Dr. Marvin Miller, professor of Pediatrics and Obstetrics and Gynecology at Wright State School of Medicine in Dayton, Ohio, recently reported 65 infants with a similar pattern of medical findings in the journal "Medical Hypotheses" (2005 65, 880-886). He hypothesized that these babies were tightly confined in the womb and weren't getting enough exercise to produce normal bone strength. Such confinement can be due to a number of causes, such as large fibroids, twins, or a shortage of fluid around the baby.

After birth, these babies start to exercise more normally. Their bones grow even more rapidly than normal babies' bones, to catch up with the new demands of living outside the womb. This rapid growth can produce new bone in multiple layers and simulate healing fractures. In addition, some of the weak bones actually do break during normal care, such as during diapers changes.

About 50 years ago, diagnosing child abuse from X-ray images alone became popular. In medical jargon, these X-ray findings were said to be "pathognomonic" of child abuse.

But medical science hasn't yet discovered everything. It is therefore illogical to imply that infants with multiple unexplained fractures could only be due to child abuse. Medical scientists continue to discover new medical conditions, previously unknown and therefore impossible to diagnose or identify.

For example, Dr. Roy Morello of the Department of Molecular and Human Genetics, Baylor College of Medicine, Houston, Texas, and others described a new genetic cause for brittle bones less than two years ago.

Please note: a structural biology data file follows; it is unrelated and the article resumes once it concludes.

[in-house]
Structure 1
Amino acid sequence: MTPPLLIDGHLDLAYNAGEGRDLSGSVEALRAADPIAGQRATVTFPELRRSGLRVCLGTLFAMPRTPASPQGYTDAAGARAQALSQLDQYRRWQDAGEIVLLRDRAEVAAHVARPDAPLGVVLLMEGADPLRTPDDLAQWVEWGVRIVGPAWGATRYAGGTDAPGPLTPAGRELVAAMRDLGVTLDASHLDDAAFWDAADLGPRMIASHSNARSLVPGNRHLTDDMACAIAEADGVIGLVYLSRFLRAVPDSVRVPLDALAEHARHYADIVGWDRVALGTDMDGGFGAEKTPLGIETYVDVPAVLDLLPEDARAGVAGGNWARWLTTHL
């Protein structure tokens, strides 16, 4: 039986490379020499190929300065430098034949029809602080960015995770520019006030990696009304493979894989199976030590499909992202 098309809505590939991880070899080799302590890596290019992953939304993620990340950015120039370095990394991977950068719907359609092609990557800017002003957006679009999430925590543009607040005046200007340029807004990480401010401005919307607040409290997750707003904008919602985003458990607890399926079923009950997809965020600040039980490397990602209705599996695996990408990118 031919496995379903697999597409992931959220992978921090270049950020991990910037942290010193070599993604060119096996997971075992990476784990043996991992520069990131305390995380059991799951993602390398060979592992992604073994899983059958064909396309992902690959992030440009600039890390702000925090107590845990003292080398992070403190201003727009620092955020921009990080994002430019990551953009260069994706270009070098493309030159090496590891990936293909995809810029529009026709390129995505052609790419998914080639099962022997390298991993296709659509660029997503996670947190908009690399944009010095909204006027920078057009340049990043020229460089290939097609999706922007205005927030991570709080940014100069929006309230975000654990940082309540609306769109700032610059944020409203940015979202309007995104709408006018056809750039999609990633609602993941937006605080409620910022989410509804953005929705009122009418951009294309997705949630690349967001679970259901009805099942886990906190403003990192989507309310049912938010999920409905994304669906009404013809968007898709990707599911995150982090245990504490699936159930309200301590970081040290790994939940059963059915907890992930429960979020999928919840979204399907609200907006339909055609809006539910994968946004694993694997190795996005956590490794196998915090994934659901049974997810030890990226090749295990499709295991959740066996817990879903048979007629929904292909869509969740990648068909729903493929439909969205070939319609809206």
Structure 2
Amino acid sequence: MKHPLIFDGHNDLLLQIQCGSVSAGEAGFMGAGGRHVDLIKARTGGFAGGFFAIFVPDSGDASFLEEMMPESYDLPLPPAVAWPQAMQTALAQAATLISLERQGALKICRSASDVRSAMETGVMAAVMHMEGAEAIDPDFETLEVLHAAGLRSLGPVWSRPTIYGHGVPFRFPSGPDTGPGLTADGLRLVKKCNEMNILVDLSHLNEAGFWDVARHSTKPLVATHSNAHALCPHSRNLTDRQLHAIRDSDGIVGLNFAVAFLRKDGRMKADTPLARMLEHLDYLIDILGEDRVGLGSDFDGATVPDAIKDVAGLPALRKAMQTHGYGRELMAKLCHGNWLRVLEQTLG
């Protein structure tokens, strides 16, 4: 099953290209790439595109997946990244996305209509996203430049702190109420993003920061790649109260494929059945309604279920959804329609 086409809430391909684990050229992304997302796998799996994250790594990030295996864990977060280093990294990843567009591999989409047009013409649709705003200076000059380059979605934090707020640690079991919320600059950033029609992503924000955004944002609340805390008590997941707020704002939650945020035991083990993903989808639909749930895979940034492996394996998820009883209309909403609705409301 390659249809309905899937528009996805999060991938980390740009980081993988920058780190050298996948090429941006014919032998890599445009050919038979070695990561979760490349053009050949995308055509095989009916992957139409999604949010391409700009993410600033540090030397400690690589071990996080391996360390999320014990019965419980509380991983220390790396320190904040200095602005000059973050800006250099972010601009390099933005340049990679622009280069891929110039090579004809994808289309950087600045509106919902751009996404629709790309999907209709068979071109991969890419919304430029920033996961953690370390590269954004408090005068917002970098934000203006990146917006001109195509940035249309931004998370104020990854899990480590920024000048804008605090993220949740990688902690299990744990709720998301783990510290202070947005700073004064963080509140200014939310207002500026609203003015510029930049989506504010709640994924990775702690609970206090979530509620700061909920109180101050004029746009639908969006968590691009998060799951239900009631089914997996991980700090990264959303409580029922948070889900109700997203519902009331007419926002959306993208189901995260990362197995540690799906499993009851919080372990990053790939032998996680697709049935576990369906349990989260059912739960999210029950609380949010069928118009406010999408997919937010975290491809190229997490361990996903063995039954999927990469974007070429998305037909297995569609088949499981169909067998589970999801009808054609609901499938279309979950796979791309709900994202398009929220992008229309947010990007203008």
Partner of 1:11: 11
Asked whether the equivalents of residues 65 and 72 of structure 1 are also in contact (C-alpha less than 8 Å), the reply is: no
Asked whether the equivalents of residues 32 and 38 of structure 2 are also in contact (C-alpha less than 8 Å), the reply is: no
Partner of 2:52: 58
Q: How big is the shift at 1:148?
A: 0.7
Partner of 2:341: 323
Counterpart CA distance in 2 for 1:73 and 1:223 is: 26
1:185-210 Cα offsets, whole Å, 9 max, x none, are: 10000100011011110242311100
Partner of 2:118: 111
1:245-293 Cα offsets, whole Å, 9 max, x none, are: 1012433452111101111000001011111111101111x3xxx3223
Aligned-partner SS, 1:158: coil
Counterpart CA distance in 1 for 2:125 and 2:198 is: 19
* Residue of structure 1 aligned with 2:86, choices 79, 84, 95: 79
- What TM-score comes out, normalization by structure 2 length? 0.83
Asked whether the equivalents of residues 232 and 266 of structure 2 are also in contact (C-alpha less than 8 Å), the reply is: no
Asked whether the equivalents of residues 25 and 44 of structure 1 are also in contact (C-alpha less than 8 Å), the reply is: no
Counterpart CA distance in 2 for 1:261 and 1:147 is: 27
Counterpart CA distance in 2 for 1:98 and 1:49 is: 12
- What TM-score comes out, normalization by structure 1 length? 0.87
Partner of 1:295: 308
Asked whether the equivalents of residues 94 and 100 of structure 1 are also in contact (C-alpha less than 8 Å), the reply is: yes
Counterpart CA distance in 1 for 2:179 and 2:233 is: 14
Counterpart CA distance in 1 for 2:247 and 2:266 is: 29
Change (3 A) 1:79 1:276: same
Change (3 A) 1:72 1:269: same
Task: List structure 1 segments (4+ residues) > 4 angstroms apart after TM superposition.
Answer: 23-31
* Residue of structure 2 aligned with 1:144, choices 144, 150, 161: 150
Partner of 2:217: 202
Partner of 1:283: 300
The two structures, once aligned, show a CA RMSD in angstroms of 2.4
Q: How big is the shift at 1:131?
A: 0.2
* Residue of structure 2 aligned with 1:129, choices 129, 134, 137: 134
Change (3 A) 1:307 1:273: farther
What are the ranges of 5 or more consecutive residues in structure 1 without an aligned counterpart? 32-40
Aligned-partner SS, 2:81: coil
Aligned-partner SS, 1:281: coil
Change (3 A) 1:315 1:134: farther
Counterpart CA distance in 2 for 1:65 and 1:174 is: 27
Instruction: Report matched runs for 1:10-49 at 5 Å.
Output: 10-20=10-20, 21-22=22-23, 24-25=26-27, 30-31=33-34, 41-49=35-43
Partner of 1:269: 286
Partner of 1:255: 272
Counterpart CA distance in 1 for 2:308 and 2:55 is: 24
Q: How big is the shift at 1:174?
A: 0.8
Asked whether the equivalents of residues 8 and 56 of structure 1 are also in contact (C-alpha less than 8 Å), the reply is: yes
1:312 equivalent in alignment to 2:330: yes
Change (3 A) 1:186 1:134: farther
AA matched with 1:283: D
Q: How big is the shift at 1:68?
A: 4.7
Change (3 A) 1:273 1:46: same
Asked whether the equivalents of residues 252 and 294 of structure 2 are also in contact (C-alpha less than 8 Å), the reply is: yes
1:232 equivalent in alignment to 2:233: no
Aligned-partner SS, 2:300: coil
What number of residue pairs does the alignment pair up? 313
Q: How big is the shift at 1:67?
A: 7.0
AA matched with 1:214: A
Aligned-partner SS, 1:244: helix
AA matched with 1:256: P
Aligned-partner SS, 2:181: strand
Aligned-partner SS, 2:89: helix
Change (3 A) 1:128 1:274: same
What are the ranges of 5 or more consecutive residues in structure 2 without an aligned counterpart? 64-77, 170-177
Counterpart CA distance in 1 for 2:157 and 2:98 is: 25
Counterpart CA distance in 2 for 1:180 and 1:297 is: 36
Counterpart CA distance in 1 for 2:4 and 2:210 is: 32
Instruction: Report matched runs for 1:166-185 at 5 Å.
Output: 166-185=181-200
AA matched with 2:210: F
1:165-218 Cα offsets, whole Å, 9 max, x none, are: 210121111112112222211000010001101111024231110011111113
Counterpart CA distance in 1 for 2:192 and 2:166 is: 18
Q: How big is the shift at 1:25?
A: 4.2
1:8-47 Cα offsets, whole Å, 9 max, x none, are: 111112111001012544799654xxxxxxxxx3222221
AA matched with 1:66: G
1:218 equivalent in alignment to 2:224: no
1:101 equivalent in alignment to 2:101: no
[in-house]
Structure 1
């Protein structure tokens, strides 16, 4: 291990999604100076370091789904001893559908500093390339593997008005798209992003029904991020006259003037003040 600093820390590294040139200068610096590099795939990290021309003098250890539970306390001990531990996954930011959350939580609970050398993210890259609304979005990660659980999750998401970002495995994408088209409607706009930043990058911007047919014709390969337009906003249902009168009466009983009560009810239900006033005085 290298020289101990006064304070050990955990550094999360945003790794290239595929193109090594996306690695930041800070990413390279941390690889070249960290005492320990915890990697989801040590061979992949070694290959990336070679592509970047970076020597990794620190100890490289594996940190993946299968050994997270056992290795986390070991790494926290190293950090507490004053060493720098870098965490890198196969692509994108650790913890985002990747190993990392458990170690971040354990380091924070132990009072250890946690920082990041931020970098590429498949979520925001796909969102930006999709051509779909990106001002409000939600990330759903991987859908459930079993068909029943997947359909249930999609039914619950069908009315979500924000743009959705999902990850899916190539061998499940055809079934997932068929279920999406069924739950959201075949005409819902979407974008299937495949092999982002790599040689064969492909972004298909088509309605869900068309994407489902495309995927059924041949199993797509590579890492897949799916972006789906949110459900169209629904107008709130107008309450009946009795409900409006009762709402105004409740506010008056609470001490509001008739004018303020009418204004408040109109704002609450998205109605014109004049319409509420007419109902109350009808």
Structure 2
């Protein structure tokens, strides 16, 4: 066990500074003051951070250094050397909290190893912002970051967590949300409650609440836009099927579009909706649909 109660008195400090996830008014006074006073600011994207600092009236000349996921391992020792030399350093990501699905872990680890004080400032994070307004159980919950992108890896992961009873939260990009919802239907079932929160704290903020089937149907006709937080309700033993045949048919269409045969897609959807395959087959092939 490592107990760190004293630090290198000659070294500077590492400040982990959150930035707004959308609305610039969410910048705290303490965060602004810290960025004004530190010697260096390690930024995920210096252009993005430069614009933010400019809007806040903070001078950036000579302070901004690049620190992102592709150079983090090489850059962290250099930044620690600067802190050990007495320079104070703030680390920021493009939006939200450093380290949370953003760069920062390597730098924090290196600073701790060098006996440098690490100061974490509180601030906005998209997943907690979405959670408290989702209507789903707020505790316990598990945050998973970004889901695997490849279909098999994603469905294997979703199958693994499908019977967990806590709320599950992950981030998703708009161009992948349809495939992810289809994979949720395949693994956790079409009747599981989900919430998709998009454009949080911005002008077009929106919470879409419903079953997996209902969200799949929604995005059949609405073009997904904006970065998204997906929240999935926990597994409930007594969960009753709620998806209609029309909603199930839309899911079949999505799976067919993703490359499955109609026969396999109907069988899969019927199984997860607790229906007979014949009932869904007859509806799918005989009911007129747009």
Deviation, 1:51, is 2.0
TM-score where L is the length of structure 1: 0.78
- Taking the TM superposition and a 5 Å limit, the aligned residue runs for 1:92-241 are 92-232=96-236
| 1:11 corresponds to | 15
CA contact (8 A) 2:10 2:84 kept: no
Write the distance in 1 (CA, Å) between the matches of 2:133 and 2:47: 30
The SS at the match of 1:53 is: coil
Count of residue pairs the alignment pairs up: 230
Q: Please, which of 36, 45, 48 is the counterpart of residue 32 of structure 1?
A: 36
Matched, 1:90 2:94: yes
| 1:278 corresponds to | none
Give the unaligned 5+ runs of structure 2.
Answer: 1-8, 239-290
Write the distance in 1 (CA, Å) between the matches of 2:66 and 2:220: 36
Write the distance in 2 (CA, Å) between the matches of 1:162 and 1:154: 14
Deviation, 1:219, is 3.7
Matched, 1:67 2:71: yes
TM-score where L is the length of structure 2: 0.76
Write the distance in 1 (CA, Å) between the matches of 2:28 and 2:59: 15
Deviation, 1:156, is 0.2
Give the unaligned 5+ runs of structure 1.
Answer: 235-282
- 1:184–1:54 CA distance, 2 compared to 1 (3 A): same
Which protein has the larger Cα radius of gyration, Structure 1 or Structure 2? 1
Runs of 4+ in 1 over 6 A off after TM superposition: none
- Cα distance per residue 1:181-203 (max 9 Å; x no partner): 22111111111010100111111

The diagnosis by excluding everything else known to science, diagnosis by exclusion, is a logically false approach simply because doctors and medical science don't know everything.

Yet this false logic is the basis for the diagnosis of child abuse by X-ray appearance alone. We expect bureaucrats to abuse us. As doctors, we're grieved when medical professionals abuse children by making diagnoses leading to false accusations of child abuse.

In addition, some government social service workers face "bounty hunter" incentives. When they take children from their parents, the government agents benefit from publicity about child abuse, even when the charges are false. The agencies then use this publicity when they ask the state legislature for more money so they can investigate, harass, and prosecute even more families. These perverse incentives also need to be corrected.

All other factors being equal, children thrive best when they grow up in their own parents' home. As Voltaire said in 1747, "It is better to risk saving a guilty person than to condemn an innocent one."